Spring cleaning starts now
Last time I wrote personally and honestly, it was a suicide note.
Obviously, I’m still alive. I wasn’t even actively looking to kill myself when I wrote the note — no, I wasn’t brave enough to take my own life, what with all the worries I had:
What if I didn’t die instantly and had to suffer for a long time? Worse, what if I ended up surviving with irreparable damage? Or if I did succeed in ending my life, would it scar my roommate, who’s not even a friend of mine, when she inevitably found my dead body? Would my mom, who suffers from a heart condition, be able to cope with her daughter’s death? Could I possibly ruin her life even more?
That last concern was ultimately what kept me going, and that’s still true today. For as long as my mom is alive, I’ve decided, I will do my darnedest to stay that way too.
But of course I knew that it’s one thing to try my best and another for my best to be enough. I also harbored some faint hope that a fatal accident would befall me one day, doing the job that I couldn’t myself. And should that happen, I wanted my mom to know that it’s okay, that it’s probably for the best.
So I started writing that note, thinking about what might give her closure. I talked about how I felt and how I’d always felt, the chronic struggle that I could only win occasionally after much effort and exhaustion. I apologized profusely for the hurt I knew I’d cause her, the only person in the world to whom my life mattered. I laid out what I wanted done to my body as I knew it wouldn’t be her preference at all: donate whatever’s possible, no funeral, no columbarium, just scatter my ashes over my most favorite place in the world (assuming it’s legal—it just occurred to me that I never looked up whether it’s feasible).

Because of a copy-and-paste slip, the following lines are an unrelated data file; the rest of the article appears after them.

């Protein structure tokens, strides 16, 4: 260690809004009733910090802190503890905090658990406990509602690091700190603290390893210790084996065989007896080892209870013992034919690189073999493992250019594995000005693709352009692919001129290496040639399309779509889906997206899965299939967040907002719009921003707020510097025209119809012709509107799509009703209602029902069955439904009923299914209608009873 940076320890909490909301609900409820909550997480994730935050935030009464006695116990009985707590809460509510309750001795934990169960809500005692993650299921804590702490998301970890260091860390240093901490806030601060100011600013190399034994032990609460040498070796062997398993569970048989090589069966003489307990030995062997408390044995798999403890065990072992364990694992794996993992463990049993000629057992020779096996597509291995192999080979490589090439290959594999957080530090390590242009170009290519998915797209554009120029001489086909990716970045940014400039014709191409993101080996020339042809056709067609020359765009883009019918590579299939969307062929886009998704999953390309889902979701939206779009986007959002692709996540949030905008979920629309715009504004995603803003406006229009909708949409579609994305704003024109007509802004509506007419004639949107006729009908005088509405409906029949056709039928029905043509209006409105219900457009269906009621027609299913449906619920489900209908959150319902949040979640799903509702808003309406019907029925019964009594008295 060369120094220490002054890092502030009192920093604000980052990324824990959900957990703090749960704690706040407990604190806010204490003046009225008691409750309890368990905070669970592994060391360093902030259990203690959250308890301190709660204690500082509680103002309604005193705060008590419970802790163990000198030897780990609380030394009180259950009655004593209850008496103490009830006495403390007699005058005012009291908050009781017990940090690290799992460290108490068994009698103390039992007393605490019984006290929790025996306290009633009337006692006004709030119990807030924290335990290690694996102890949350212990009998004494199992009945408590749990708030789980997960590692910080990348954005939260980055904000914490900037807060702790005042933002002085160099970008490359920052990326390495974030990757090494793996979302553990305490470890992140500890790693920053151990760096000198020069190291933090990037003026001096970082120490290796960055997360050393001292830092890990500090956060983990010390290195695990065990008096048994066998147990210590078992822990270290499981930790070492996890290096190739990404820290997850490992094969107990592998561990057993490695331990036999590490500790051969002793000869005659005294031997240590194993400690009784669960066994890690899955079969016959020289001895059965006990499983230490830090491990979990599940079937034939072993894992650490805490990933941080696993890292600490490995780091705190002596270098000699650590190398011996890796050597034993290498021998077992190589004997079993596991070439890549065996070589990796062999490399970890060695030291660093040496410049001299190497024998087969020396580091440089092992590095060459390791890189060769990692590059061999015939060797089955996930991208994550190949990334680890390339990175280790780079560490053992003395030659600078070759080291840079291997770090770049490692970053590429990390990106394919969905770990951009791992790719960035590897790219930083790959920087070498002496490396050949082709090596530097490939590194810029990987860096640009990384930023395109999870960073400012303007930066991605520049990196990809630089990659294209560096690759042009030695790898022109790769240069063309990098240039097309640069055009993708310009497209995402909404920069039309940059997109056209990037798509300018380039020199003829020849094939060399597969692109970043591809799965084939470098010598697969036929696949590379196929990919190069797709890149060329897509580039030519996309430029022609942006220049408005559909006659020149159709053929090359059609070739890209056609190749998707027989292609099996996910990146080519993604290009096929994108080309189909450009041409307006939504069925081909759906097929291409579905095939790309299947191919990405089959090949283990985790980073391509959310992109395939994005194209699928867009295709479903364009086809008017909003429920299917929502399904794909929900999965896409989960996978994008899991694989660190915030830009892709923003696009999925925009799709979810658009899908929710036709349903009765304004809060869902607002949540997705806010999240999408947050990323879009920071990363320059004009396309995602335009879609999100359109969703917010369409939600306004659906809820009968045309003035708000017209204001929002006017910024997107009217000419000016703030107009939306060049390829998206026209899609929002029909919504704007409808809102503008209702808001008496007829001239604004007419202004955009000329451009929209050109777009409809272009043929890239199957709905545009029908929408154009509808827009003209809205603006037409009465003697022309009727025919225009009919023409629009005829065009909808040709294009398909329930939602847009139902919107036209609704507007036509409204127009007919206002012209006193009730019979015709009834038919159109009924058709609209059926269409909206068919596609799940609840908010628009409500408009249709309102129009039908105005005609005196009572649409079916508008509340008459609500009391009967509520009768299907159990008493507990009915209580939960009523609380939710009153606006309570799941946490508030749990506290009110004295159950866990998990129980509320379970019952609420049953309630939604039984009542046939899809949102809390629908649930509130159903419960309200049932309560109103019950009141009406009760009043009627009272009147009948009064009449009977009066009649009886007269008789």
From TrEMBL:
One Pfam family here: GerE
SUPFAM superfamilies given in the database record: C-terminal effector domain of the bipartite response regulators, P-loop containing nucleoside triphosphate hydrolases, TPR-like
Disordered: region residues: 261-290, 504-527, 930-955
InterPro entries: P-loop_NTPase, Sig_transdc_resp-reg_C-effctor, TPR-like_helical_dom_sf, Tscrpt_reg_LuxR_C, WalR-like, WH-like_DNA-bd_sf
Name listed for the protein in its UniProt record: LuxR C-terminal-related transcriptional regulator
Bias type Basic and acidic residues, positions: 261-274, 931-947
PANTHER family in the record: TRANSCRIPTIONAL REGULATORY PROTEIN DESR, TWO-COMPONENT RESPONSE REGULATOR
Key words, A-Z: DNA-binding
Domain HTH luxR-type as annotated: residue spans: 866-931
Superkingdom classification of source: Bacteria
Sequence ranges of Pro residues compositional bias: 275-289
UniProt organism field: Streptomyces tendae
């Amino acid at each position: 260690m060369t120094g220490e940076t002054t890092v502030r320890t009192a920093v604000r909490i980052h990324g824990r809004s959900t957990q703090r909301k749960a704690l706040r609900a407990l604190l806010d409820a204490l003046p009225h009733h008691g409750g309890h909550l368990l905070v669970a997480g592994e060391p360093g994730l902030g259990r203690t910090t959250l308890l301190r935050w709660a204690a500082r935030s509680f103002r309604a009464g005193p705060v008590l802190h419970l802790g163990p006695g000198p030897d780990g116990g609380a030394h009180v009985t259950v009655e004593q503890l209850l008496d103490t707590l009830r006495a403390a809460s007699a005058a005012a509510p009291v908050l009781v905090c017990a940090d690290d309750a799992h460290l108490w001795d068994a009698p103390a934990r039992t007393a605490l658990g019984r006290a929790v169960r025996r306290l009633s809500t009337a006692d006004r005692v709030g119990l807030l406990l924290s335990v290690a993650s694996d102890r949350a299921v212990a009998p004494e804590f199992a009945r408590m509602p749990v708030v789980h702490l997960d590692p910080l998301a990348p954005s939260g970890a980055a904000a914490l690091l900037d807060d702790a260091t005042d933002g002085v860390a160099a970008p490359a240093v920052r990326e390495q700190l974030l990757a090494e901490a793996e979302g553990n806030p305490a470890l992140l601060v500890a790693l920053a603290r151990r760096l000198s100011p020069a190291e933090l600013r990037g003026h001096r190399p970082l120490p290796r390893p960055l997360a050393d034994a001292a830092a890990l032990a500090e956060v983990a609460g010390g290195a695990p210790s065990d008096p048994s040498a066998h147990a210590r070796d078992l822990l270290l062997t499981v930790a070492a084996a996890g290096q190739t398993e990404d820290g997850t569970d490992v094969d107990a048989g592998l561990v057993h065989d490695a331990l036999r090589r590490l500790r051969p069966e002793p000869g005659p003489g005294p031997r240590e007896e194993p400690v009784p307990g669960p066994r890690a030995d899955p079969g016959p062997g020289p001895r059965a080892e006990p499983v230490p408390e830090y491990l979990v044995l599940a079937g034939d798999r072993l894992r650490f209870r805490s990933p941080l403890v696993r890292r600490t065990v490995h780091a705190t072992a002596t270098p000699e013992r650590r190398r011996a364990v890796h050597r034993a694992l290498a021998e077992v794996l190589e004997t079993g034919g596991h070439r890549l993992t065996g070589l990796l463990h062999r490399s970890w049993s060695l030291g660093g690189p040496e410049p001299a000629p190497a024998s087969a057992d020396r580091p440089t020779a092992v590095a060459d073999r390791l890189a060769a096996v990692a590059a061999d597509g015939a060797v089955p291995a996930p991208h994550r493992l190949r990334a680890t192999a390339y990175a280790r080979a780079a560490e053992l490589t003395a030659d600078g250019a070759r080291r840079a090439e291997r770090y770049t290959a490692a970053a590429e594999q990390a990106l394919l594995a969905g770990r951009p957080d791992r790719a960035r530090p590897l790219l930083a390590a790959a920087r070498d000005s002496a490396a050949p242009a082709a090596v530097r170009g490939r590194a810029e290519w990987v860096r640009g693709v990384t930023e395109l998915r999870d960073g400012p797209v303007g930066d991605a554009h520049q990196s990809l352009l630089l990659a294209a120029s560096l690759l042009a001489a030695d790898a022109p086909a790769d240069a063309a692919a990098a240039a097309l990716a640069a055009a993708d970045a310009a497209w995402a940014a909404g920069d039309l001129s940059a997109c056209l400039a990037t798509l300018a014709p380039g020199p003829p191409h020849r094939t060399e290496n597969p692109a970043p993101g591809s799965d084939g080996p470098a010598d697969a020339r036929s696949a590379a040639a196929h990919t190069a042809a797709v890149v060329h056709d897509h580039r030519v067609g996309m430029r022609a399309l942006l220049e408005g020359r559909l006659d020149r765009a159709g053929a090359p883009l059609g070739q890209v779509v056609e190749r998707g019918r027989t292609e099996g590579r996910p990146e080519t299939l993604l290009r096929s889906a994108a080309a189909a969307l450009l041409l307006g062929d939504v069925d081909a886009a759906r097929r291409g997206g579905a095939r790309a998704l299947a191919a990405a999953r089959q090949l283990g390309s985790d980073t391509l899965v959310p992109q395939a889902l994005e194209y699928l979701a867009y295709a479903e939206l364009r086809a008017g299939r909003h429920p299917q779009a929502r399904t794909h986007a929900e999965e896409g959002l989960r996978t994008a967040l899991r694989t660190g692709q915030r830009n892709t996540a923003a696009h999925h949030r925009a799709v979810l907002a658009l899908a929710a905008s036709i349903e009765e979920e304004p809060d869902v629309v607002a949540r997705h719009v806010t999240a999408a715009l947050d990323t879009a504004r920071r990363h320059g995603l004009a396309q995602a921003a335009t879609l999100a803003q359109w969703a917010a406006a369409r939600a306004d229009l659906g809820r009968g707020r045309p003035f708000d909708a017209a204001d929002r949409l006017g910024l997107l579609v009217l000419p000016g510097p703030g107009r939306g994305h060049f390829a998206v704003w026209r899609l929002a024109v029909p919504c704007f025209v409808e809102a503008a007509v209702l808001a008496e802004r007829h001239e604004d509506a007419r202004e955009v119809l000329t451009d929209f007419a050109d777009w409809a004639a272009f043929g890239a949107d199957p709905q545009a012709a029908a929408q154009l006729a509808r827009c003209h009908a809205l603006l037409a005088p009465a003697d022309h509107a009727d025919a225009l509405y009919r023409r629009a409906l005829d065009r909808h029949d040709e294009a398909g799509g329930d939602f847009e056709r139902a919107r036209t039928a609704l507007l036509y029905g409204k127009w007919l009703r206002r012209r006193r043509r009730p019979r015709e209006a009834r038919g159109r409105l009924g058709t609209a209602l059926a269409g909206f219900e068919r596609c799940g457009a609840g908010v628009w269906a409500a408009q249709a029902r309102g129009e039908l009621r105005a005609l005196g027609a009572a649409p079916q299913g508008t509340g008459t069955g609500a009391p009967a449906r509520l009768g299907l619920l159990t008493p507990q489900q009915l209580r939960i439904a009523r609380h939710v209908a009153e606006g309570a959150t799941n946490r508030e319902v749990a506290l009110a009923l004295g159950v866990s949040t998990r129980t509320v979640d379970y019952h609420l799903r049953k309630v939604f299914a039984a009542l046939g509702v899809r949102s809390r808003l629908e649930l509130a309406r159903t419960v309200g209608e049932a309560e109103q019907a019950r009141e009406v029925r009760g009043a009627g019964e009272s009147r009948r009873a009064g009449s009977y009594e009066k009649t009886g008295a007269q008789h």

I’m describing all this now merely from memory. I know where the note is, but I can’t bear to retrieve it. I remember all the tears that went with its writing and, surprising at the time, the relief that came after its completion. And it’s happening again now as I write this. Because as quiet and robot-like I might appear, I do have feelings too, and there are a lot of thoughts in my head that could use an outlet, even if they remain unnoticed.
For many years, as I battled and lived with depression, I kept a journal. I was a silent person with a loud mind, finding my voice only in writing, which in turn brought about some life-defining moments. I can’t remember exactly why I stopped, but I do know that the reason it’s taken me so long to start again is less about the lack of time and more about the vulnerability it involves (although time is certainly an issue as well).
There aren’t even that many words in this post, for instance, but it’s demanded so much from me to be able to sit in front of a computer, tell myself it’s okay to think and write these things, and confront the emotional pain concomitant with such an acknowledgement. I allow myself to feel, and I feel devastated. And I don’t always have a couple of hours to spare to go through and recover from this process. But maybe it’ll get better with subsequent releases. One can only hope.
Thank you, Winnie Lim, for inspiring me to finally write again with the post “On being chronically depressed and suicidal.” I suppose it’s true that you shouldn’t be afraid to share your story, because you never know who’ll relate and benefit from it.